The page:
'Ascendant' Series in the Works at Starz as 'Divergent' Franchise Moves to TV

Murray Close/Lionsgate


The Divergent franchise is inching closer to continuing on the small screen.

Premium cable network Starz is developing a TV take on Ascendant, which was to be the fourth movie in the Divergent franchise.

Writer Adam Cozad (Tarzan) is attached to pen the script as producers Lionsgate look to its newly acquired full stake in Starz to mine the stalled feature franchise. Cozad will executive produce alongside Lee Toland Krieger (Age of Adaline) after they were both previously set to write and direct what would have been the fourth film in the Divergent franchise. 

Ascendant is in its early stages of development. It's unclear if the project would reunite any of the stars of the films including Shailene Woodley, Theo James and Ansel Elgort. Lionsgate TV and Starz declined comment.

After seeing diminishing box-office returns, Lionsgate opted to first slash the budget on Ascendant before dropping the feature completely. 

Woodley, for her part, has been open to completing the story. The actress, who stars as Tris, initially rejected the idea of doing a TV movie to wrap the franchise. "I signed up to tell the whole story of Tris, and I would love to be able to do that," she said in September. "Nothing would make me happier." Multiple stars are expected to opt out of their deals if the movie evolves into a TV series.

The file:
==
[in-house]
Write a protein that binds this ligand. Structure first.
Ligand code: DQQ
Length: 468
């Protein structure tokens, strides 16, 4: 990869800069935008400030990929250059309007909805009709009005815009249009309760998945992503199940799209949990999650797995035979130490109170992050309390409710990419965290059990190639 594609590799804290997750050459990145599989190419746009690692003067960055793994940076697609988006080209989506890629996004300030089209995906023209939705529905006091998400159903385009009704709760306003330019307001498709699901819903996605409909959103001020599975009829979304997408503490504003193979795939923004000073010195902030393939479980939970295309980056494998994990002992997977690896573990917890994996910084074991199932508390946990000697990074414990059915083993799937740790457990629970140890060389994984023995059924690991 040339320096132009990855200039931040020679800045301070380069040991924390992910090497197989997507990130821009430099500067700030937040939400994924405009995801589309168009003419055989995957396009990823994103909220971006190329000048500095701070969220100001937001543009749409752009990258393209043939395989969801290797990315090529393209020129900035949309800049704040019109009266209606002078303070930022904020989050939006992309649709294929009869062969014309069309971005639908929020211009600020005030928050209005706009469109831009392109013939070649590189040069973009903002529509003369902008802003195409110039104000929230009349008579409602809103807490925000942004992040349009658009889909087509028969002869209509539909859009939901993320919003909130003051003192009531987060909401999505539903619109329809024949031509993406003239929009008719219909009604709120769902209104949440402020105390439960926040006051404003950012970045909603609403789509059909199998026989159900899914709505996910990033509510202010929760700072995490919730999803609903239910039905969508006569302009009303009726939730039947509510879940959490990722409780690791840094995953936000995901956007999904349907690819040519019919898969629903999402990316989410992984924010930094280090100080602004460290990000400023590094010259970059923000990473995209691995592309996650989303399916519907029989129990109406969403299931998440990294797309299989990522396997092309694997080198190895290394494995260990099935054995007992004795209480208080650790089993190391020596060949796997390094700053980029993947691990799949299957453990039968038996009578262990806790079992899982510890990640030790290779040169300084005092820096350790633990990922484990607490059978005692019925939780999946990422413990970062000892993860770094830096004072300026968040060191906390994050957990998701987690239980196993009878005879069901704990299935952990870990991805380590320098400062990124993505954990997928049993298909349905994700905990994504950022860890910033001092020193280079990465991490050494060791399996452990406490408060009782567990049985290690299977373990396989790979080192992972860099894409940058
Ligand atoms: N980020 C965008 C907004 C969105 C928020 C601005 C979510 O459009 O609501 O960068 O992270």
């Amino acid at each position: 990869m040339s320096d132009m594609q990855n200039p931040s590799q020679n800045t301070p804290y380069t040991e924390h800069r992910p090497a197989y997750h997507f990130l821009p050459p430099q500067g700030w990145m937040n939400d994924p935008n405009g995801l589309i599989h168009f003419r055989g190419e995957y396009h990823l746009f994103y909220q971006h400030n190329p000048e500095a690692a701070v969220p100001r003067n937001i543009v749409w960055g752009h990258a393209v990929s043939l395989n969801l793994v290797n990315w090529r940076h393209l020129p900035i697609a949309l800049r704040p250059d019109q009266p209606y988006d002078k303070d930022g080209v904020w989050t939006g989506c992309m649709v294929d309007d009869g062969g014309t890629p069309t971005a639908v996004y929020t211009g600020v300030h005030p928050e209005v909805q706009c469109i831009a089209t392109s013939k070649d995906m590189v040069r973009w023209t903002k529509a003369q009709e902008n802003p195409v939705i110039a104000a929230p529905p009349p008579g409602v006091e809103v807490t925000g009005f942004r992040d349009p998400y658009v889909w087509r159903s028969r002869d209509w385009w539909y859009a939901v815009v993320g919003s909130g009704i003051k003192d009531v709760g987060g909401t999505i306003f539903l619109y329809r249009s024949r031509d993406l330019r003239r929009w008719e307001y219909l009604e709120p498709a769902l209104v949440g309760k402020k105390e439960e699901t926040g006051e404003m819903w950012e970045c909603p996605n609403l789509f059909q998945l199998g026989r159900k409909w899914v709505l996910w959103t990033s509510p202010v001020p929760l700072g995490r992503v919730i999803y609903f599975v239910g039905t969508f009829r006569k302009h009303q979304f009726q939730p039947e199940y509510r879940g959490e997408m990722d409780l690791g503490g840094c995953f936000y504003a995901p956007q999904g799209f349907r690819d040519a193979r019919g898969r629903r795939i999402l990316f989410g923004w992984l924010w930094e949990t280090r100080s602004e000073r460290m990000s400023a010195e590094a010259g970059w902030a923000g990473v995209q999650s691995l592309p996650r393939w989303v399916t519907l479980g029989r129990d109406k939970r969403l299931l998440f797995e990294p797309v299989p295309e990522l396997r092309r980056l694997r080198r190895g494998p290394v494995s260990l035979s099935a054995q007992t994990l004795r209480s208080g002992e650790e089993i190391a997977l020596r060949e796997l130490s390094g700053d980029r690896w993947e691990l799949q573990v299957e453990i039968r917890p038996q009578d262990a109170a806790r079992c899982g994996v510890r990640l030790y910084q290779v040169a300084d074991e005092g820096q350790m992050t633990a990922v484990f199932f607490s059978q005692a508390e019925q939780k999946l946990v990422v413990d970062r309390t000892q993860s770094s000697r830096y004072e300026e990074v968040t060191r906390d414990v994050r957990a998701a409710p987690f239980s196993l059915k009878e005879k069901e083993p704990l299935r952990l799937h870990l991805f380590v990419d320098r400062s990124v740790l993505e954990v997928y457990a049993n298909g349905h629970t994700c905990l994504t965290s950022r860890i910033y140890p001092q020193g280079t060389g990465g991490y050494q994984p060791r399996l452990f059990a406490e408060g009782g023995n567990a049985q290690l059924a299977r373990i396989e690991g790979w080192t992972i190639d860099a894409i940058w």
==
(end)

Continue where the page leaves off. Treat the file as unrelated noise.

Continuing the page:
Ascendant was originally poised to debut June 9 of this year, but after the franchise's third installment, Allegiant grossed a mere $66 million domestically, Lionsgate began to rethink its strategy for the fourth film based on Veronica Roth's book series.
For Lionsgate TV, the Divergent series could be a win for the former independent studio that now has a cable network to supply content. The TV arm recently fought to save ABC’s Nashville at Viacom-owned CMT. The studio’s TV credits include Netflix’s Orange Is the New Black and a Dear White People adaptation as well as E!’s The Royals

Given the Lionsgate deal, Starz is now expected to vertically integrate and focus its upcoming scripted originals on ownership. The cable network recently went straight to series on The Rook, a drama from Twilight author Stephenie Meyer, as Starz CEO Chris Albrecht told reporters there would be more Lionsgate-produced fare to come.